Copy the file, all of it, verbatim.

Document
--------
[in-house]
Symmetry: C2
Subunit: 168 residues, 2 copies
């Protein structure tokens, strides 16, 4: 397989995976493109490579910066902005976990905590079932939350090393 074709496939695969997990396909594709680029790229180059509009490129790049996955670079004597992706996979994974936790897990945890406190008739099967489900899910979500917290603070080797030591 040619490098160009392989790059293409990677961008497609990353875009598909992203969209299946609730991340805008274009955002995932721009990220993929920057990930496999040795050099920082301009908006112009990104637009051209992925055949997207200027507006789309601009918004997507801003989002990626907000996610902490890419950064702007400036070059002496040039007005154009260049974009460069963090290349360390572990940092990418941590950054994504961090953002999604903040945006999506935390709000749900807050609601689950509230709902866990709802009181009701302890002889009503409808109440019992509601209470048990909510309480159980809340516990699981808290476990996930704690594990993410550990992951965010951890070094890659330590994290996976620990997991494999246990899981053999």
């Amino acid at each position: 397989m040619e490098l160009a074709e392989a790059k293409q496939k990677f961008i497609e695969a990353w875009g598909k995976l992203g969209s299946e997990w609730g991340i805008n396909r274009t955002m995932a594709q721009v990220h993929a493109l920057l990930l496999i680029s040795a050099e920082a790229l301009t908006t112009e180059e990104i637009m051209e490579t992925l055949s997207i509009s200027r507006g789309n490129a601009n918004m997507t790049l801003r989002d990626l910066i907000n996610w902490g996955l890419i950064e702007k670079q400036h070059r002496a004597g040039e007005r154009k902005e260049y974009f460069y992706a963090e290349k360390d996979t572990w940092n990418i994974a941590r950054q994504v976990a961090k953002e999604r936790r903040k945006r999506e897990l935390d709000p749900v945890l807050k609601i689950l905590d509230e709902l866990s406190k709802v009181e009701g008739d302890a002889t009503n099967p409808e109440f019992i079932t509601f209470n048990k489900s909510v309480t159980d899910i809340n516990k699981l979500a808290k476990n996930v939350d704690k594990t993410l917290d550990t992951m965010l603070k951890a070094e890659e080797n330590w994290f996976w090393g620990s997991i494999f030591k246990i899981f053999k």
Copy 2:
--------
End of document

[in-house]
Symmetry: C2
Subunit: 168 residues, 2 copies
């Protein structure tokens, strides 16, 4: 397989995976493109490579910066902005976990905590079932939350090393 074709496939695969997990396909594709680029790229180059509009490129790049996955670079004597992706996979994974936790897990945890406190008739099967489900899910979500917290603070080797030591 040619490098160009392989790059293409990677961008497609990353875009598909992203969209299946609730991340805008274009955002995932721009990220993929920057990930496999040795050099920082301009908006112009990104637009051209992925055949997207200027507006789309601009918004997507801003989002990626907000996610902490890419950064702007400036070059002496040039007005154009260049974009460069963090290349360390572990940092990418941590950054994504961090953002999604903040945006999506935390709000749900807050609601689950509230709902866990709802009181009701302890002889009503409808109440019992509601209470048990909510309480159980809340516990699981808290476990996930704690594990993410550990992951965010951890070094890659330590994290996976620990997991494999246990899981053999």
């Amino acid at each position: 397989m040619e490098l160009a074709e392989a790059k293409q496939k990677f961008i497609e695969a990353w875009g598909k995976l992203g969209s299946e997990w609730g991340i805008n396909r274009t955002m995932a594709q721009v990220h993929a493109l920057l990930l496999i680029s040795a050099e920082a790229l301009t908006t112009e180059e990104i637009m051209e490579t992925l055949s997207i509009s200027r507006g789309n490129a601009n918004m997507t790049l801003r989002d990626l910066i907000n996610w902490g996955l890419i950064e702007k670079q400036h070059r002496a004597g040039e007005r154009k902005e260049y974009f460069y992706a963090e290349k360390d996979t572990w940092n990418i994974a941590r950054q994504v976990a961090k953002e999604r936790r903040k945006r999506e897990l935390d709000p749900v945890l807050k609601i689950l905590d509230e709902l866990s406190k709802v009181e009701g008739d302890a002889t009503n099967p409808e109440f019992i079932t509601f209470n048990k489900s909510v309480t159980d899910i809340n516990k699981l979500a808290k476990n996930v939350d704690k594990t993410l917290d550990t992951m965010l603070k951890a070094e890659e080797n330590w994290f996976w090393g620990s997991i494999f030591k246990i899981f053999k």
Copy 2: